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Using TravisCI With Private npm Dependencies

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Using TravisCI With Private npm Dependencies

Travis was failing tests on a project that required privately scoped npm modules. Here's how to fix that issue.

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I've recently been working on a project that requires privately scoped npm modules. The problem I encountered was: when Travis ran tests that depended on @scoped modules, it would fail:

npm ERR! 404 Not found : @remy/super-awesome-private-mod

This post fixes that issue (and is mostly here when I forget, I can "google myself"!).

1. Capture Your Token

If you're using semantic-release cli (which you should, it's awesome), then you'll already have the NPM_TOKEN as an environment value in Travis.

If not, you'll need to find your npm token. This is found in your home directory, in the .npmrc file. The token is everything after _authToken=. Your file should contain a line like this:


Note that where I've put zeros, you'll see letters and numbers. Once you've copied the token, you'll need to create a new env value in your Travis setting (on the individual build pages):

Travis settings

Then under the "Environment Values" add a new value (keep "display value in build log" off):

NPM_TOKEN = 00000000-0000-0000-0000-000000000000

Then hit "add".

2. npmrc

You have two options here. The first option is to dynamically create an .npmrc(more about npmrc) in the .travis.yml setup. The second option is to add the file to your repo, but it also requires a change to your shell environment. I'll cover both.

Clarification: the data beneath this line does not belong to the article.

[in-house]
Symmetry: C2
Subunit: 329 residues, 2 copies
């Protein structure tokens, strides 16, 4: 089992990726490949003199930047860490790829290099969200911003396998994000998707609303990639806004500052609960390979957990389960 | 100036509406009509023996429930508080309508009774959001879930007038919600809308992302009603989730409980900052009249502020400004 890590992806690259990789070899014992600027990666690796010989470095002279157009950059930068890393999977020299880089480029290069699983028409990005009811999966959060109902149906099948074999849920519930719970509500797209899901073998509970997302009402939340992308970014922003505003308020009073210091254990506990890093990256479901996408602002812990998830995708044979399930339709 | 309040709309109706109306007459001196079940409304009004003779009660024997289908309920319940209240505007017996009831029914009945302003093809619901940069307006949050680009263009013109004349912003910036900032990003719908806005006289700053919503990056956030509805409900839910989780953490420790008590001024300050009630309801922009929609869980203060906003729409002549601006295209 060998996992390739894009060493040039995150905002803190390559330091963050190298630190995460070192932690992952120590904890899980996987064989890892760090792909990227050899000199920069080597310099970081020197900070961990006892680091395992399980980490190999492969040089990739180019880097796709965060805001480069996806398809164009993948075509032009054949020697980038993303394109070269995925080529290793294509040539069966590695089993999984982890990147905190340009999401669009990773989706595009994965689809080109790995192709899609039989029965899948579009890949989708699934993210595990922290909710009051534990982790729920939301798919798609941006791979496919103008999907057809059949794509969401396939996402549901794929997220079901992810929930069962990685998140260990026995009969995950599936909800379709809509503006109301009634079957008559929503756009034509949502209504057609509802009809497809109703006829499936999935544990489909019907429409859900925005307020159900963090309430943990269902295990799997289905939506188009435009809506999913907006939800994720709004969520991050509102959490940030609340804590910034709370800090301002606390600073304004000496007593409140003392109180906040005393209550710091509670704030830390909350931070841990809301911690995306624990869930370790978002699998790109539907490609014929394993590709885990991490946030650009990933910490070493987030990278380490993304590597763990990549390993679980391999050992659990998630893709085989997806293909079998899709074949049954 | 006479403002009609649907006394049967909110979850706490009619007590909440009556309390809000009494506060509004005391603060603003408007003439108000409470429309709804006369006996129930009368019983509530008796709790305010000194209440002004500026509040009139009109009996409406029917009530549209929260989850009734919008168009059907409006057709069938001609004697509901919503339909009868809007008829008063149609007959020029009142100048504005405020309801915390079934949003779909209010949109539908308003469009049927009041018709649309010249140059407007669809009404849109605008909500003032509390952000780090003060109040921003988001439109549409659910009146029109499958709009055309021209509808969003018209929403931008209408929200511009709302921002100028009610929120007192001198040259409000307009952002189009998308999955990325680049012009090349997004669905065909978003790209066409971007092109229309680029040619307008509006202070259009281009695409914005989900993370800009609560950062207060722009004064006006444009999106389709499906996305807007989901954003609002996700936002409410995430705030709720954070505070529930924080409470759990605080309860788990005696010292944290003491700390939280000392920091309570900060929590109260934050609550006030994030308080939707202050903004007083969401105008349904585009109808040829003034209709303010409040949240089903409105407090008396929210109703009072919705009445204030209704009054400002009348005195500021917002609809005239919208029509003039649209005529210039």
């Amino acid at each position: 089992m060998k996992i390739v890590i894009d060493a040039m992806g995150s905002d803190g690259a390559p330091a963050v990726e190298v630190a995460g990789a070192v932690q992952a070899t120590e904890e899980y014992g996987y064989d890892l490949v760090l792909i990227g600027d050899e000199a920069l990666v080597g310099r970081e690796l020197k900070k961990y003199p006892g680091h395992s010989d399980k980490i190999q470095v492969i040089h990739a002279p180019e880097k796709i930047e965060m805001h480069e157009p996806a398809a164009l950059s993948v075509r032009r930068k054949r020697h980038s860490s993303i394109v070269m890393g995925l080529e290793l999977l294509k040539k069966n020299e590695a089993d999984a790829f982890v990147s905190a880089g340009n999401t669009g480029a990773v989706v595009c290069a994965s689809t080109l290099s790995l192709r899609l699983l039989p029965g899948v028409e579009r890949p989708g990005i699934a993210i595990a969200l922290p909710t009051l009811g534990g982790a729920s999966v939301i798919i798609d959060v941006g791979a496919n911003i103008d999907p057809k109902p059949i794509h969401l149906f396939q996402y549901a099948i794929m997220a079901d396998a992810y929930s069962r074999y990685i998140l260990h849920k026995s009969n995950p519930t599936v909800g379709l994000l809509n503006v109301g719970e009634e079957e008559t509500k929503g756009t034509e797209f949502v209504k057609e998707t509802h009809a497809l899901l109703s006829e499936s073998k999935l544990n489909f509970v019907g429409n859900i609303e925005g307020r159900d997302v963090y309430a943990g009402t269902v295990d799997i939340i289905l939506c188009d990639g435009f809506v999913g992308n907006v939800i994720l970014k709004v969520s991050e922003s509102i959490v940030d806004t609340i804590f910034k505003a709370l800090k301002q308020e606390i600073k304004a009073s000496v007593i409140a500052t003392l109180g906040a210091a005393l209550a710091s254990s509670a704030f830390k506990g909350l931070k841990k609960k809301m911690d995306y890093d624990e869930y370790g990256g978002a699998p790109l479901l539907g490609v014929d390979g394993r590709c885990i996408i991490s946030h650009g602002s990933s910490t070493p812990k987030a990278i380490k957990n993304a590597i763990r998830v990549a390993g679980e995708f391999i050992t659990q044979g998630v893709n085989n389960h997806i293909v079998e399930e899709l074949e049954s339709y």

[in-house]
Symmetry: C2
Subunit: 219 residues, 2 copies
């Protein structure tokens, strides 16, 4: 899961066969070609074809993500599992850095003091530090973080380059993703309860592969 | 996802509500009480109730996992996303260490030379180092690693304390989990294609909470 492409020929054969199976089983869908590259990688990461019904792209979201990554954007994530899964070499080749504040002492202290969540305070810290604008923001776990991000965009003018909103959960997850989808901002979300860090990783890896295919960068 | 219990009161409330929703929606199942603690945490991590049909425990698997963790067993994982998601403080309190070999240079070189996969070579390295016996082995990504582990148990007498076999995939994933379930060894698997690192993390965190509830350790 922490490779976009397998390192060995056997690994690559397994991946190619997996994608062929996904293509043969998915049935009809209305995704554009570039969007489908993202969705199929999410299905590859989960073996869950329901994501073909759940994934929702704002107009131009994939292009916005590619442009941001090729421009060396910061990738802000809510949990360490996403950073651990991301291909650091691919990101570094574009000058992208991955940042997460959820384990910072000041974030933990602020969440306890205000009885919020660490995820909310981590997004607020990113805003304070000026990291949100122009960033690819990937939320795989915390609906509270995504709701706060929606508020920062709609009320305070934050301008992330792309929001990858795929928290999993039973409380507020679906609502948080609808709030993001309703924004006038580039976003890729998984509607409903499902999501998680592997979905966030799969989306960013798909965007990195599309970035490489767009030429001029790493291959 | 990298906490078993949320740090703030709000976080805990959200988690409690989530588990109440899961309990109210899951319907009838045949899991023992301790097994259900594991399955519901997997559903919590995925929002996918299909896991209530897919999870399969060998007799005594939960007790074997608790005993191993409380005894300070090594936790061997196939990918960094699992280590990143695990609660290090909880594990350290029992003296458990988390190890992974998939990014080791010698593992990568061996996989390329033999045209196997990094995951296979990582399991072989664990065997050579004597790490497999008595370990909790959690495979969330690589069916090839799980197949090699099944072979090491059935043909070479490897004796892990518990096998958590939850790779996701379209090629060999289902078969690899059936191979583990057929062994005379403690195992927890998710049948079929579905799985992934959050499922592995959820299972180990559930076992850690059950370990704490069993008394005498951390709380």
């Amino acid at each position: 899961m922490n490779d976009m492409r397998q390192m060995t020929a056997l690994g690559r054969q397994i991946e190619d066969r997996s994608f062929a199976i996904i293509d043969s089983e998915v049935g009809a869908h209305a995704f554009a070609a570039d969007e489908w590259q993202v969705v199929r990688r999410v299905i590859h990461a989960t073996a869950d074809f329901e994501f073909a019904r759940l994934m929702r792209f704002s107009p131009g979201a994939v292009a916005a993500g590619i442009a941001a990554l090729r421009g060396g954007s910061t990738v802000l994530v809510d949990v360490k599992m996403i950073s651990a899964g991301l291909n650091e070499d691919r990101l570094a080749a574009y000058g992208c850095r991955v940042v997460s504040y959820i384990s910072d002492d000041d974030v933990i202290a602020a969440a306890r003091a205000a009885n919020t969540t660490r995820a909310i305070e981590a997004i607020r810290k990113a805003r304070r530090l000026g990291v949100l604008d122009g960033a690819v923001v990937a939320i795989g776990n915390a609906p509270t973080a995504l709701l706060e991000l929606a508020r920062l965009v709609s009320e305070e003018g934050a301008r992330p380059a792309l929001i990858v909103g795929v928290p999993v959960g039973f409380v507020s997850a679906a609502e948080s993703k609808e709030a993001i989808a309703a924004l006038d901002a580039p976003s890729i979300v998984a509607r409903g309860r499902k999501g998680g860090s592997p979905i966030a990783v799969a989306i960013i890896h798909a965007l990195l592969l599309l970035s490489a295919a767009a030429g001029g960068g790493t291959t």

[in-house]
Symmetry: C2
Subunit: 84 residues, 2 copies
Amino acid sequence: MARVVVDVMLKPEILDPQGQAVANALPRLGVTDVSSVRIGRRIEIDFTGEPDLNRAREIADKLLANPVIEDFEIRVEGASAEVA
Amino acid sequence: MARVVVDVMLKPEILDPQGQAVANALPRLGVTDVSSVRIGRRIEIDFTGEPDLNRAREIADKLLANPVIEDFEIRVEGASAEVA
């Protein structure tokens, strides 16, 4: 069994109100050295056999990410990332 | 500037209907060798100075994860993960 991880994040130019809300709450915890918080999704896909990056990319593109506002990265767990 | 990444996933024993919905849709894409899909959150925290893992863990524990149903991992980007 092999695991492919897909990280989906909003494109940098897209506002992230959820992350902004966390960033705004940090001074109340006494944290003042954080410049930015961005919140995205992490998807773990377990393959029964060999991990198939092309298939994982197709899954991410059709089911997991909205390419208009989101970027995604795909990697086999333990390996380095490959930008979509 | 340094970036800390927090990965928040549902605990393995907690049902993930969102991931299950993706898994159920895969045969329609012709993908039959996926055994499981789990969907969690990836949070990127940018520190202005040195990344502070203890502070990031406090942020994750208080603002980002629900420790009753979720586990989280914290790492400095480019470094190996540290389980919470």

Note that if you change your npm password, then you'll need to update yourNPM_TOKEN, otherwise it shouldn't need changing in the future.


In your .travis.yml you'll create an .npmrc file on the fly. You'll need to do this in the before_install section, as per:

  - echo "//registry.npmjs.org/:_authToken=\${NPM_TOKEN}" > .npmrc

Note that the escaped \$ is important. This will ensure that your private npm token is not echoed out in your Travis logs. That's it. With this method, you're ready.

I personally like this method because it keeps the .npmrc file out of my git repo and it means I don't have to remember to fiddle with my shell environment variables as we'll see next.

File Based

Create a .npmrc file and put it in the root of the directory that Travis will run (i.e. the root of the git repo typically).

Have the file contain (at least) this:


Now push this to your repo and let Travis run it's test. Travis will now have access to install your privately scoped npm packages.

Now you build will work, but npm install won't work locally until you add theNPM_TOKEN=00000... to your local shell environment variables.

You might need to tweak these directions depending on your shell, but if you're using bash, add the following line to your .bash_profile and after run source ~/.bash_profile:

export NPM_TOKEN="00000000-0000-0000-0000-000000000000"

The downside of this method (once you've got your shell sorted) is that if you're working in a team, each team member will have to add this line to their shell too, as the .npmrc file in the root of your project directory will require a valid token.

Now your private modules will install in Travis. If you need this in an environment like Heroku, I found this article very useful (and the basis of this post).

Download the ‘Practical Blueprint to Continuous Delivery’ to learn how Automic Release Automation can help you begin or continue your company’s digital transformation.

travisci ,npm

Published at DZone with permission of Remy Sharp, DZone MVB. See the original article here.

Opinions expressed by DZone contributors are their own.


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